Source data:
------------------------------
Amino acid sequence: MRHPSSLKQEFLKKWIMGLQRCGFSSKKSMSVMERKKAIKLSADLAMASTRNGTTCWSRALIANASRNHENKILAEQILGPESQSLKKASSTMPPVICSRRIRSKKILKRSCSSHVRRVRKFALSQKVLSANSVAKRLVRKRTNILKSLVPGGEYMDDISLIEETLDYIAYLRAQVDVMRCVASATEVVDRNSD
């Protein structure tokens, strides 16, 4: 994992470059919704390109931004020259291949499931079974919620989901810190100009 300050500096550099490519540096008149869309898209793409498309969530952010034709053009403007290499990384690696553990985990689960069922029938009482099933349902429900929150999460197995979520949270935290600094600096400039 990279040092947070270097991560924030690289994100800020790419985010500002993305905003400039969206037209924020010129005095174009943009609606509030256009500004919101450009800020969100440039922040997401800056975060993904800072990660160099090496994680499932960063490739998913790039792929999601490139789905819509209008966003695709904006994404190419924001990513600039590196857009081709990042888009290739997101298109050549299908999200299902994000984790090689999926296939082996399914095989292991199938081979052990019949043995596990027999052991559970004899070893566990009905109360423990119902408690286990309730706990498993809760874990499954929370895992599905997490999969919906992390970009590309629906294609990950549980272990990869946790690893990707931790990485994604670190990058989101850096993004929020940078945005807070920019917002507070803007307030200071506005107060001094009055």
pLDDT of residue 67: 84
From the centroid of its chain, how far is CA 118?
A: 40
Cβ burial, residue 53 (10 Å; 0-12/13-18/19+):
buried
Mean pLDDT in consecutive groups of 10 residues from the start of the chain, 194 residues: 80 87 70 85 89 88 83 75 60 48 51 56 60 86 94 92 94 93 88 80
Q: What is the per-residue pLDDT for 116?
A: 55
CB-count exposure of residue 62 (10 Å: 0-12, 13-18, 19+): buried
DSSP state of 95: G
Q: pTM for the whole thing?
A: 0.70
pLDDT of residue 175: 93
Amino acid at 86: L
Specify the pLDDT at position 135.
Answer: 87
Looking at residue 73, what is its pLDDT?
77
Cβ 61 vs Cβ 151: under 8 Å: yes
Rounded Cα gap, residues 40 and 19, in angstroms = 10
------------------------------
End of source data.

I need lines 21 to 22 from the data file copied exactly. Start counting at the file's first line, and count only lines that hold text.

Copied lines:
Cβ 61 vs Cβ 151: under 8 Å: yes
Rounded Cα gap, residues 40 and 19, in angstroms = 10